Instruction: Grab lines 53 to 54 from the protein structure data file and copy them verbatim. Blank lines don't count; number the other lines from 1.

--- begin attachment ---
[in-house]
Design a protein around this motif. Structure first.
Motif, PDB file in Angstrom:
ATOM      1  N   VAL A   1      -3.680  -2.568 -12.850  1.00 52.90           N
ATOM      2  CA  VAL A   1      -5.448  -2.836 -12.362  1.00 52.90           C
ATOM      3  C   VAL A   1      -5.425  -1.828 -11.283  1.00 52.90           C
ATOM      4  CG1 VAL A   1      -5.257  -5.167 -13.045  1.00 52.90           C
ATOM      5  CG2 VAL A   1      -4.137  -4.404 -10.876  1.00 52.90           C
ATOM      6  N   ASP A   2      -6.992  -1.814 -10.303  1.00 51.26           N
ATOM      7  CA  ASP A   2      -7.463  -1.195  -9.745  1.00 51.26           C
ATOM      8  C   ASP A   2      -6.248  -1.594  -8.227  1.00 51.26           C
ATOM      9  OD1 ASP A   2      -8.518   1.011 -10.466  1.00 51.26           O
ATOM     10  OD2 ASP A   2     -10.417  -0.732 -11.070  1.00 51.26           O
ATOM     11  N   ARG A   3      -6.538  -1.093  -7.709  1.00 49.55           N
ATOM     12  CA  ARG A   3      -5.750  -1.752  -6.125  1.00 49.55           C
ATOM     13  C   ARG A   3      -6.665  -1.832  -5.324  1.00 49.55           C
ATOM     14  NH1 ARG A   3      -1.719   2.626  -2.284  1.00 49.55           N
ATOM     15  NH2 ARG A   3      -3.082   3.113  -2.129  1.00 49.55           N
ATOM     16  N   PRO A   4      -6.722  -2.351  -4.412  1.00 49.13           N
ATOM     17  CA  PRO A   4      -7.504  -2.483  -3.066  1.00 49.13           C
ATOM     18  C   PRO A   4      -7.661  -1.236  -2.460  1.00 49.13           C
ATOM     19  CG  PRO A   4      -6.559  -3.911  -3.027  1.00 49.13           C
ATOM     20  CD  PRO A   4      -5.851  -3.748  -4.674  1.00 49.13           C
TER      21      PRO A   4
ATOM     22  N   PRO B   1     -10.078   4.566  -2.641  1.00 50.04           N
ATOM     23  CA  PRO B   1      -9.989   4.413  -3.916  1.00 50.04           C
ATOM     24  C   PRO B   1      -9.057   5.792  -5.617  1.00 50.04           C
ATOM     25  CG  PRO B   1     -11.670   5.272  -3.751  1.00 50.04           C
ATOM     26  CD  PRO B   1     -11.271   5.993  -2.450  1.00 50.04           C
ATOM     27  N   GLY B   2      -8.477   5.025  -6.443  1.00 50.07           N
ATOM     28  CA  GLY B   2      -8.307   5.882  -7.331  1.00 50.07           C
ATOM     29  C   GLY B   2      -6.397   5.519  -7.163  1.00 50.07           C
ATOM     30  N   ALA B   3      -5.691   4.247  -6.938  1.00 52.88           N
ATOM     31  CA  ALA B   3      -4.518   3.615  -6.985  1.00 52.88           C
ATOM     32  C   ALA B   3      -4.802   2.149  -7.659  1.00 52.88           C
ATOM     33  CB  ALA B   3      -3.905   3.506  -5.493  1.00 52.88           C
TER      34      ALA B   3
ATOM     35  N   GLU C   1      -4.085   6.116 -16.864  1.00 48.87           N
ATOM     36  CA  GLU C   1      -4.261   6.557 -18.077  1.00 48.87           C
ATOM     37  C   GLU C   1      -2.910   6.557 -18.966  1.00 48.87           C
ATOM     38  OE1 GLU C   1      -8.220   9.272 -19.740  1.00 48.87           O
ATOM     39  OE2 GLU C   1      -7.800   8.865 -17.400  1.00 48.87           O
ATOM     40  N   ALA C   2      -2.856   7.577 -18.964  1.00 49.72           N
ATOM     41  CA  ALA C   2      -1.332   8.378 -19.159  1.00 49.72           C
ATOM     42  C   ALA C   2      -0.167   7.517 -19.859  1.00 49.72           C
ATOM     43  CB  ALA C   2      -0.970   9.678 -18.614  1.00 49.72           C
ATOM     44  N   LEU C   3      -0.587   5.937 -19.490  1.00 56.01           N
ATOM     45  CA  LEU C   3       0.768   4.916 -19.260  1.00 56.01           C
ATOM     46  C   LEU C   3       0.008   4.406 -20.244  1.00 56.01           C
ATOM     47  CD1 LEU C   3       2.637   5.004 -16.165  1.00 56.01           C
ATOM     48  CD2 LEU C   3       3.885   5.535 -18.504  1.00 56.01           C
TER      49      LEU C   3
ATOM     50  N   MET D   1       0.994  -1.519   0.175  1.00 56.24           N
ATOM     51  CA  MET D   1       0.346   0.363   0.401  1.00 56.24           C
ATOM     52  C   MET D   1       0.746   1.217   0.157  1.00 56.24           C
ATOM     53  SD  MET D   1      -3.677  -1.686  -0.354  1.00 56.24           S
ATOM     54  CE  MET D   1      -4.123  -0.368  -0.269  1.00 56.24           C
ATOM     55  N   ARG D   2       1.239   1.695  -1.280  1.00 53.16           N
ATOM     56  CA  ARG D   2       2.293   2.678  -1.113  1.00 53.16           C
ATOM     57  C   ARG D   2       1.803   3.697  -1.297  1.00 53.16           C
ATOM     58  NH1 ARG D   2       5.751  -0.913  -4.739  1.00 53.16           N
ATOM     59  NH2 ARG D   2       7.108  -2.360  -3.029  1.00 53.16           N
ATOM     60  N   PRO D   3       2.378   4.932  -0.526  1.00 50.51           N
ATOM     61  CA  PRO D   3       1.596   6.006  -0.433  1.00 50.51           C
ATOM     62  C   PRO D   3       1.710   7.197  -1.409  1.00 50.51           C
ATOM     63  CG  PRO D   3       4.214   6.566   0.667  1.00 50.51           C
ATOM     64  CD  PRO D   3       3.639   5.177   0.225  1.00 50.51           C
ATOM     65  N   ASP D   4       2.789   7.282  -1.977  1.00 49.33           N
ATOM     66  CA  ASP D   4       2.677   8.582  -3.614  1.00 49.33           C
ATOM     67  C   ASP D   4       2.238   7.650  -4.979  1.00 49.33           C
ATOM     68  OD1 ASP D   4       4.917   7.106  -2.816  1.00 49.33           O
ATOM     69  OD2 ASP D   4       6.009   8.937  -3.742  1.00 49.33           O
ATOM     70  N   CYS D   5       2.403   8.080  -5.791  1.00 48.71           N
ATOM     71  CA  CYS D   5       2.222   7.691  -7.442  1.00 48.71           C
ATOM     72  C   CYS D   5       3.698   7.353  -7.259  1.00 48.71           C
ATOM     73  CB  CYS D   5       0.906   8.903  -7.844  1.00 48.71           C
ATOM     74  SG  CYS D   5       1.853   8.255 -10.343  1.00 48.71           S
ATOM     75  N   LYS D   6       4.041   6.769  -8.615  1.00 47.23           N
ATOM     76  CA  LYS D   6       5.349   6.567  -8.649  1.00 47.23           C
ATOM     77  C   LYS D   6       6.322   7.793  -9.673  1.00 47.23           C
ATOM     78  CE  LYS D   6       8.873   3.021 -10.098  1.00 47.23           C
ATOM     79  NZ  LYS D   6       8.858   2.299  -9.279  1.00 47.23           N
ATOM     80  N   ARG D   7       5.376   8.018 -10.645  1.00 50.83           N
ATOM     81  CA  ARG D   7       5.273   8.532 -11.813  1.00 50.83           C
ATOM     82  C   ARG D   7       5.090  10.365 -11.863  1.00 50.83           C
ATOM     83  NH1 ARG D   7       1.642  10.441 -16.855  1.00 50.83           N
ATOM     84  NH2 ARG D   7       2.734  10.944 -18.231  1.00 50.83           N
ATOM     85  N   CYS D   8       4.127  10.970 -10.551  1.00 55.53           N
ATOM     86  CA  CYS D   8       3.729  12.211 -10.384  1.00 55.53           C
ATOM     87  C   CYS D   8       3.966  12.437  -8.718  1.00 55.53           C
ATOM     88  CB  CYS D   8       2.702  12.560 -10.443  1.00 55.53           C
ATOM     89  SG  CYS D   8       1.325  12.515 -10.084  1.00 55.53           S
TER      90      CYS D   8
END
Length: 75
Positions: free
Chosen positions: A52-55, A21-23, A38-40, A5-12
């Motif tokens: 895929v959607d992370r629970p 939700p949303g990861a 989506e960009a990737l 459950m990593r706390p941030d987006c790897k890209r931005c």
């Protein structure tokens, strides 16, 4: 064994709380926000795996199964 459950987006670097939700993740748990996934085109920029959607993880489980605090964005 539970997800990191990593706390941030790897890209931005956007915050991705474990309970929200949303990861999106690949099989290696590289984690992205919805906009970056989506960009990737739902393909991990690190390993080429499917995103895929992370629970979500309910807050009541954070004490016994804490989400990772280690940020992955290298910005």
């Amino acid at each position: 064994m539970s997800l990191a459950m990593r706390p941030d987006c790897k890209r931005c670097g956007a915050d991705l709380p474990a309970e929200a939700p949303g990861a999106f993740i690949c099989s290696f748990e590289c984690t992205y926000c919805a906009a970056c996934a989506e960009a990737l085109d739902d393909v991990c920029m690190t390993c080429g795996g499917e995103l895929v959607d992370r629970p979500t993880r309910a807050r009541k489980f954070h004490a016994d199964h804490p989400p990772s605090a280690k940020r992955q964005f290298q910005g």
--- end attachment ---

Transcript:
ATOM     50  N   MET D   1       0.994  -1.519   0.175  1.00 56.24           N
ATOM     51  CA  MET D   1       0.346   0.363   0.401  1.00 56.24           C